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The Death of the Poet by N Quentin Woolf, book review: War story only adds dead weight to a daring debut


Themes of violence, despair and the limits of human responsibility churn through N Quentin Woolf's debut novel, the sizeable The Death of the Poet, right from the start. We've barely met the protagonist, a no-bullshit California talk-radio DJ called John Knox, before he's getting royally punched by one of his guests, the spiky historian Rachel McAllistair. Shortly after that he's falling irrecoverably in love with her, though like any self-respecting femme fatale she makes sure to warn him off – "I'm damaged goods," she says – before letting down her guard.

It's tricky knowing how to deal with Rachel as a character. Woolf works hard to make her more than one-dimensional, more than just another Betty Blue, but still she walks and talks on the page like any other crazy/beautiful cliché, alternately tender and violent, to John and herself, and seemingly crying out to be "saved". "I promise I'm going to fix this," John tells her. "I'm gonna put this back together for you."

It isn't just surface. Rachel has bi-polar disorder, or something like it, that no manner of therapy or medication can remediate or calm. She cuts herself, and people think he did it. She beats him up, even throwing a frying pan of hot oil in his face, and he lies about it. They have a child together, and things take on a new edge – what if she takes out her rage on the baby? But still she seems largely there so that John can drive to the coast and look ruggedly out at the ocean. The Death of the Poet is a big book, and paints its story on a large canvas, but a lot of it reads like self-pity – it doesn't help that it's narrated by John as if addressing his lost love – and that, more than any amount of hard knocks, is hard to take.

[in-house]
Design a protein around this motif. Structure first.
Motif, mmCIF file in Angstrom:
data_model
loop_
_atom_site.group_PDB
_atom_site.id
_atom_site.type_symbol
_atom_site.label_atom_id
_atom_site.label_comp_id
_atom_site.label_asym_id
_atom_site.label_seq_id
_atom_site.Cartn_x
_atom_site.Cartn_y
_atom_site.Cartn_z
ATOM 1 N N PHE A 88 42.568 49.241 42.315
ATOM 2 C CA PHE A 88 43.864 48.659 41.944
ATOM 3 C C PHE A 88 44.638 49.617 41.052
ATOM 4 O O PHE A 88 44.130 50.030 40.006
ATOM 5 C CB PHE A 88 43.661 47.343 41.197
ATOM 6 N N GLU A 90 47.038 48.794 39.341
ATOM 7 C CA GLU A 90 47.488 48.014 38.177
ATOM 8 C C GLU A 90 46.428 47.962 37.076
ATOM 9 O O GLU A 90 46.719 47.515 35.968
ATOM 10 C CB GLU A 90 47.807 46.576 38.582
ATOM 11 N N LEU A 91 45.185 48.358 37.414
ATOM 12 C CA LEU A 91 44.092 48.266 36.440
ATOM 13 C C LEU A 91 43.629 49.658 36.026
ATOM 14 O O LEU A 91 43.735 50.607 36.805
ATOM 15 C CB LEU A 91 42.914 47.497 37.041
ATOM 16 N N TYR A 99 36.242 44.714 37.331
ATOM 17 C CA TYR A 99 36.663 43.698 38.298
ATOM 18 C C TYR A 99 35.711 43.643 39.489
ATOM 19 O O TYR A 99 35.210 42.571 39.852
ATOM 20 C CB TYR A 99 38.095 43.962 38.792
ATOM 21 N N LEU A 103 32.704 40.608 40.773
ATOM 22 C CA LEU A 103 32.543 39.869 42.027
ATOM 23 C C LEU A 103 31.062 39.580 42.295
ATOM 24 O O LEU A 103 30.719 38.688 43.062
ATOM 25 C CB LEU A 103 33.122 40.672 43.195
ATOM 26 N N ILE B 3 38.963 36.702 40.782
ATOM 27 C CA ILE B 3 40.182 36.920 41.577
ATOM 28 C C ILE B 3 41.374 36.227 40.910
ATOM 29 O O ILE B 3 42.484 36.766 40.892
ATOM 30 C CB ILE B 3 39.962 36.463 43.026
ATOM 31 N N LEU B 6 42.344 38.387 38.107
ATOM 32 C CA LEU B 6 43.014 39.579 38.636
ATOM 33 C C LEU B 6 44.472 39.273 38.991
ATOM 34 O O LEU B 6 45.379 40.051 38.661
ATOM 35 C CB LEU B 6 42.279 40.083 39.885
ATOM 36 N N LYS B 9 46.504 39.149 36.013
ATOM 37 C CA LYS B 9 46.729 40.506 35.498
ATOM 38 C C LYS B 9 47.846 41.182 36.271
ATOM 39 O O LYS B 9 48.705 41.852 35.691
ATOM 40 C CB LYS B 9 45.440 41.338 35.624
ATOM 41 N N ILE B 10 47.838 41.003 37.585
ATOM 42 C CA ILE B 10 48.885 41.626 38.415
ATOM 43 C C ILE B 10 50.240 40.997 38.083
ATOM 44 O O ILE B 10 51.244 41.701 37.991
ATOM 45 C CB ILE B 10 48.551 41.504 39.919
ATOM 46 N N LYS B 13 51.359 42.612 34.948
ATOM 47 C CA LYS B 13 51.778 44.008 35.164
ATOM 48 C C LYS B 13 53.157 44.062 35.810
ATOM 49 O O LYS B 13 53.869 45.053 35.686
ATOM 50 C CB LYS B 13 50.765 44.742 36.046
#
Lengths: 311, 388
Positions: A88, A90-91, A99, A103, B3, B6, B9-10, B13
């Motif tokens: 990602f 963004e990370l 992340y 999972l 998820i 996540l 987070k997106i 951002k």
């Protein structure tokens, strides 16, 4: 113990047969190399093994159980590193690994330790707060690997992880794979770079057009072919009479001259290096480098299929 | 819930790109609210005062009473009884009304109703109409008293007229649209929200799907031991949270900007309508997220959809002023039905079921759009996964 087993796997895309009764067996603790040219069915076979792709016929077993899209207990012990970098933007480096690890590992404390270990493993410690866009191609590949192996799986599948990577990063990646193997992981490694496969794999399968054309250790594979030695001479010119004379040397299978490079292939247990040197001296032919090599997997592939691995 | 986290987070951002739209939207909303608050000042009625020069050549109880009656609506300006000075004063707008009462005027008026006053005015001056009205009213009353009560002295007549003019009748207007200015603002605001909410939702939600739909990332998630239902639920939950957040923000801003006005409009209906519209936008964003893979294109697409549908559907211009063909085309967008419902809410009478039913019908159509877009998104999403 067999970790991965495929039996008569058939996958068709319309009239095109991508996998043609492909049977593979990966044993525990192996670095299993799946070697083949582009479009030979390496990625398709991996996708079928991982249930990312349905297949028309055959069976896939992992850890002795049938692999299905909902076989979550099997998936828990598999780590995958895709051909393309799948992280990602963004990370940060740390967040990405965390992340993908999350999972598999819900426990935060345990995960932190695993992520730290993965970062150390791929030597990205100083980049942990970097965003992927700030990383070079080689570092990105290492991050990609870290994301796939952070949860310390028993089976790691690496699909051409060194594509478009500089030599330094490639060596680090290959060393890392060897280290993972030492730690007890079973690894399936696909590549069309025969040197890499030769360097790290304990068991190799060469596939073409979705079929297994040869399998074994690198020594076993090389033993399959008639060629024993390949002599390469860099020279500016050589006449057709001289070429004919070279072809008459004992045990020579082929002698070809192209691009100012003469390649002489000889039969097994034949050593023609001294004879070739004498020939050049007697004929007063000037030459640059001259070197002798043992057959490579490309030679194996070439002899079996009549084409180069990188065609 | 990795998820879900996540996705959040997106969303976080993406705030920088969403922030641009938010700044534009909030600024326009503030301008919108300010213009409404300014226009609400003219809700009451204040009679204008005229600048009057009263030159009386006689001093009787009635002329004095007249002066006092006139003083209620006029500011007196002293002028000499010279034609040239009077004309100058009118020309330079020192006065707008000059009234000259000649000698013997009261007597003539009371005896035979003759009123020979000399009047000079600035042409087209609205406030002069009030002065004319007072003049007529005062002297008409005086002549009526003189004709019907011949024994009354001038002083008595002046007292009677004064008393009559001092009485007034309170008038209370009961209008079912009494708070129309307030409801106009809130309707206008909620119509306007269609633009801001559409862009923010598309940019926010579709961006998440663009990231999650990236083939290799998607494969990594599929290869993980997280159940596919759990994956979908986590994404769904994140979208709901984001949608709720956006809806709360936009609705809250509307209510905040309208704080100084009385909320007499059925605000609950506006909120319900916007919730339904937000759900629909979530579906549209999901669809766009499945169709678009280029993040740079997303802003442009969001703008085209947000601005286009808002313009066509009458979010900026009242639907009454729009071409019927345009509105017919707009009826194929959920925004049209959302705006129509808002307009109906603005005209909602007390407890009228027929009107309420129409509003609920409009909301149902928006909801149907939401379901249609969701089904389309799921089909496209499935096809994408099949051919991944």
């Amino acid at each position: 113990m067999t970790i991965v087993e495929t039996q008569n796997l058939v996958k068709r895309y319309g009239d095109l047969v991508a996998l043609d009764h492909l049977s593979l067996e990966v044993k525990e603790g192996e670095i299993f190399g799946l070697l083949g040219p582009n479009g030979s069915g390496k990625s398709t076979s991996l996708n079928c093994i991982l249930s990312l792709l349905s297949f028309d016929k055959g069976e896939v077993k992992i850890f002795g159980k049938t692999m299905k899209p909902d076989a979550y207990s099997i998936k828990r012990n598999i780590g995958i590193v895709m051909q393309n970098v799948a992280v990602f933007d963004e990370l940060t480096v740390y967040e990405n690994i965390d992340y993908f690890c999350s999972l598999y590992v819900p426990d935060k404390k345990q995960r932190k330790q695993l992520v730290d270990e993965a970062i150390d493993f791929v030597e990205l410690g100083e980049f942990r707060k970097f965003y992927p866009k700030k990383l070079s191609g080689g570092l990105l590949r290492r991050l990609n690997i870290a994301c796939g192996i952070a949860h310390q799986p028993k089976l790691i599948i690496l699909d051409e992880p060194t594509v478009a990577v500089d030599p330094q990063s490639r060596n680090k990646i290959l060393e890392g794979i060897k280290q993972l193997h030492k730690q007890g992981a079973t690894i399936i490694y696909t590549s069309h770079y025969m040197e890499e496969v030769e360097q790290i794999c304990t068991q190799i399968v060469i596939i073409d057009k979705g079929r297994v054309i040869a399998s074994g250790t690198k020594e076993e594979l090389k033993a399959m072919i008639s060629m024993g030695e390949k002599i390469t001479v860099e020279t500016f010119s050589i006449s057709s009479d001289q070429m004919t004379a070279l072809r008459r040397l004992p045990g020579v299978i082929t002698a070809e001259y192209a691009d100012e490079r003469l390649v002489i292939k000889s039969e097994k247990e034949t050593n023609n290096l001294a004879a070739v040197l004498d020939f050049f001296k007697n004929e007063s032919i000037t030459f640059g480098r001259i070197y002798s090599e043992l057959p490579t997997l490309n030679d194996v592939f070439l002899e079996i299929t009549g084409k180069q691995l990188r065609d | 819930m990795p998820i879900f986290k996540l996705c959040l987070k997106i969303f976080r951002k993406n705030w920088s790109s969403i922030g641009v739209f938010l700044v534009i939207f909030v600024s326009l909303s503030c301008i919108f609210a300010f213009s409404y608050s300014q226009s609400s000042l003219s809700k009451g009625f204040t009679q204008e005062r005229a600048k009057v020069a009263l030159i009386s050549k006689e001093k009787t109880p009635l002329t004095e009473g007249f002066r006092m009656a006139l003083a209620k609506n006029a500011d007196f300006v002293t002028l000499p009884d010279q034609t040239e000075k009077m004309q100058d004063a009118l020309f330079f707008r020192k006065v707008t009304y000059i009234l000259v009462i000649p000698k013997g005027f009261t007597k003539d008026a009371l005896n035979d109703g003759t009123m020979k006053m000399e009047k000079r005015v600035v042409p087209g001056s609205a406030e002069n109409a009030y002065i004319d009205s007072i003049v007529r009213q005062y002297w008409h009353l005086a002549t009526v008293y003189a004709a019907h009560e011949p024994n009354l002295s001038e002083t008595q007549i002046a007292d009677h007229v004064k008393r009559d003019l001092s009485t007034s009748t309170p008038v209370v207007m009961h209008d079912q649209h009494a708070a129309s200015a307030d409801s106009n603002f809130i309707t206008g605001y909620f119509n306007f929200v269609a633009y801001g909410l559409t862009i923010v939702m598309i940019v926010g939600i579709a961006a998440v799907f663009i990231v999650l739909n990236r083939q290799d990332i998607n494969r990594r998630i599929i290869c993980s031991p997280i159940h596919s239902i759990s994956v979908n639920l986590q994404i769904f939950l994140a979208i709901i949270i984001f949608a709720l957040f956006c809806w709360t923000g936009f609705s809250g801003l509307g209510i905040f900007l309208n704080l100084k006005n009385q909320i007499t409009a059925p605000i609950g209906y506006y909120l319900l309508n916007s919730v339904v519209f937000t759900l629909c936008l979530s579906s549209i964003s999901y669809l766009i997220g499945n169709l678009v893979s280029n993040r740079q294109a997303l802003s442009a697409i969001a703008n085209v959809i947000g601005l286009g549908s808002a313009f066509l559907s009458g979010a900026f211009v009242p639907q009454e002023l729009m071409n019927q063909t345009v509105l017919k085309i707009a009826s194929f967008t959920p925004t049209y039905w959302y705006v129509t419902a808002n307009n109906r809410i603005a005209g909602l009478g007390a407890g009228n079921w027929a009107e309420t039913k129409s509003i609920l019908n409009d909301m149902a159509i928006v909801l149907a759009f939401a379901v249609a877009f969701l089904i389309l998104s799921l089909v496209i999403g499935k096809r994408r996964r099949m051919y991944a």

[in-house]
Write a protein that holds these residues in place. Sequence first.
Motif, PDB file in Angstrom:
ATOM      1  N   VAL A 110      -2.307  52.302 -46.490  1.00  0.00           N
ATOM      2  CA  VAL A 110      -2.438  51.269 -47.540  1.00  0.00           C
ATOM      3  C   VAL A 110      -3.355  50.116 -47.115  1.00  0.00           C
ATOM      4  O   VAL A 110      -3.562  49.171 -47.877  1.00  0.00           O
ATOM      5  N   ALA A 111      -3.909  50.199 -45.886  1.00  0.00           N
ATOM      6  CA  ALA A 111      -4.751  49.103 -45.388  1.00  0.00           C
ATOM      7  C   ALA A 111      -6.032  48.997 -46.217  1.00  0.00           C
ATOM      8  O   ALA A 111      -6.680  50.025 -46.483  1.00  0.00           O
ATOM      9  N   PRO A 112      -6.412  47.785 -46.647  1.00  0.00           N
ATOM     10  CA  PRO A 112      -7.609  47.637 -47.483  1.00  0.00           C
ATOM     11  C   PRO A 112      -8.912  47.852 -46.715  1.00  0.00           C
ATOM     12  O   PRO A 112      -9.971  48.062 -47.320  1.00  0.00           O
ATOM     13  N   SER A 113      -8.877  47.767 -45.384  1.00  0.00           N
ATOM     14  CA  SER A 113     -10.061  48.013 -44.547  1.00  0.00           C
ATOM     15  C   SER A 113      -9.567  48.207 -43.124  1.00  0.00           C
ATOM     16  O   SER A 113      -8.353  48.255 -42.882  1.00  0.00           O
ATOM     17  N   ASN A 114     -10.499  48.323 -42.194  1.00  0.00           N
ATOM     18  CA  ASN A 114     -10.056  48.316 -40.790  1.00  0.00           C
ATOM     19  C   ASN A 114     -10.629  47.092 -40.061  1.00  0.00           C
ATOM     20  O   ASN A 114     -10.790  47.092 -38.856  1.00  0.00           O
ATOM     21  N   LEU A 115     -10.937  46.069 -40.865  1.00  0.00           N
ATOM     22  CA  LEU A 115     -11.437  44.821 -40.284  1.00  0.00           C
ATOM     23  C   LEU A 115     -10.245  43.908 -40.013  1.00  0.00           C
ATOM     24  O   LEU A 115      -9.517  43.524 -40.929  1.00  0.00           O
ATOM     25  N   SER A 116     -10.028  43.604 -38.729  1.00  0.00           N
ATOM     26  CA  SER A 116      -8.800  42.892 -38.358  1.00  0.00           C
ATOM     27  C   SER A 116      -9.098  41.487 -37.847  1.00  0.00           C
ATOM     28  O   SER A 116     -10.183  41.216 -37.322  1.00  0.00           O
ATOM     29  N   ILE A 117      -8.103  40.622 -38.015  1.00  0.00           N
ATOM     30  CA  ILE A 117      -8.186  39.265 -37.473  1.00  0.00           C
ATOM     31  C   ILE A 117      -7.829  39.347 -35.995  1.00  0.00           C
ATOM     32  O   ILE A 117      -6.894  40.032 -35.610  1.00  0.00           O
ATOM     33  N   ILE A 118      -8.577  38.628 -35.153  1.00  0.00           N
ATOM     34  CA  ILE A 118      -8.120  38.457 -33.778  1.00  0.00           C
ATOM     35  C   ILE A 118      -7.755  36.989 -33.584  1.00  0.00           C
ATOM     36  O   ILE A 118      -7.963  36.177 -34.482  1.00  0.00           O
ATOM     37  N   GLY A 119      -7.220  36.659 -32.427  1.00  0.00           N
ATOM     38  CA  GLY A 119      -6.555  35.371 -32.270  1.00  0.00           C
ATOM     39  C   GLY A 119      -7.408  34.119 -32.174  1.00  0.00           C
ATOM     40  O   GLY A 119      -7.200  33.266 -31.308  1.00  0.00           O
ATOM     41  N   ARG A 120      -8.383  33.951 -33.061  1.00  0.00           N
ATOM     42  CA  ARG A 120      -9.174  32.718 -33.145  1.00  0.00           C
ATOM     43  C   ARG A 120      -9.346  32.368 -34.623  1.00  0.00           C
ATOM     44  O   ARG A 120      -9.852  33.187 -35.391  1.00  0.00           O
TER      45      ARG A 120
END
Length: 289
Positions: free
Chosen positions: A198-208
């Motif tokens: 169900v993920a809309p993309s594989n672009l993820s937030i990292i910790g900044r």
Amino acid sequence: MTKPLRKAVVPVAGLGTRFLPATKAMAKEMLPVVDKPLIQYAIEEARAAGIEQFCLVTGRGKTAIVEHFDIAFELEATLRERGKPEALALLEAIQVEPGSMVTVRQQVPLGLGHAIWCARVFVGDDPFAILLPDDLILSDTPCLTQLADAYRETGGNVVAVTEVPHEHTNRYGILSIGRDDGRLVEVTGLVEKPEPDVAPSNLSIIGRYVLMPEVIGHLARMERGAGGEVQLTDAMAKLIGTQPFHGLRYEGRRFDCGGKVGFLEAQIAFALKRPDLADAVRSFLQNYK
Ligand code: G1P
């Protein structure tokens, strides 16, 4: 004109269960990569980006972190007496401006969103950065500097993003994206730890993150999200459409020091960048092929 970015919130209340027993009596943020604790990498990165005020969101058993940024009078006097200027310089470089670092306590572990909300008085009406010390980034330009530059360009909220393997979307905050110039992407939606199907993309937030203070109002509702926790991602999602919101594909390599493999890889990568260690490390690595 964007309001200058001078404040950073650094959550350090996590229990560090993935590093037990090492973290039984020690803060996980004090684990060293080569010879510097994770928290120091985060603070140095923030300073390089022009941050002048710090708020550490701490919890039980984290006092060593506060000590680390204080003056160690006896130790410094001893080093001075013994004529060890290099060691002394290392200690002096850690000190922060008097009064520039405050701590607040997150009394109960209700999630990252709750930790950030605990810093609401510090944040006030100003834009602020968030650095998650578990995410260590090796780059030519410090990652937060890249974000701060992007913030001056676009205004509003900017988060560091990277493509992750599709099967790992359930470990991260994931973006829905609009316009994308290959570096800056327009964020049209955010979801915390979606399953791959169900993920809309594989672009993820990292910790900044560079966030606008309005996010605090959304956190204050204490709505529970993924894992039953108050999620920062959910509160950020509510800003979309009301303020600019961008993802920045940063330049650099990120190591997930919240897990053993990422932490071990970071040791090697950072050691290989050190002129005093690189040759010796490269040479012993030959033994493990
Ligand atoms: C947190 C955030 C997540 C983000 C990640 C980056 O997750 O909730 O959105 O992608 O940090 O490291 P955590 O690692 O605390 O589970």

The book's title comes from a second strand that first appears a third of the way in. This is a series of diary entries written by a British officer in the First World War, who commanded a Rupert Brooke-style writer who died on the field of battle. For a long time the relevance of this pastiche material to John and Rachel's story is unclear. Even when the links do emerge I'm afraid to say it adds little to the novel, except length. And at more than 400 pages, and with really only the dynamics of one brutal and self-destructive relationship to power the reader onwards, the extra matter is dead weight, rather than the thematic prism surely intended.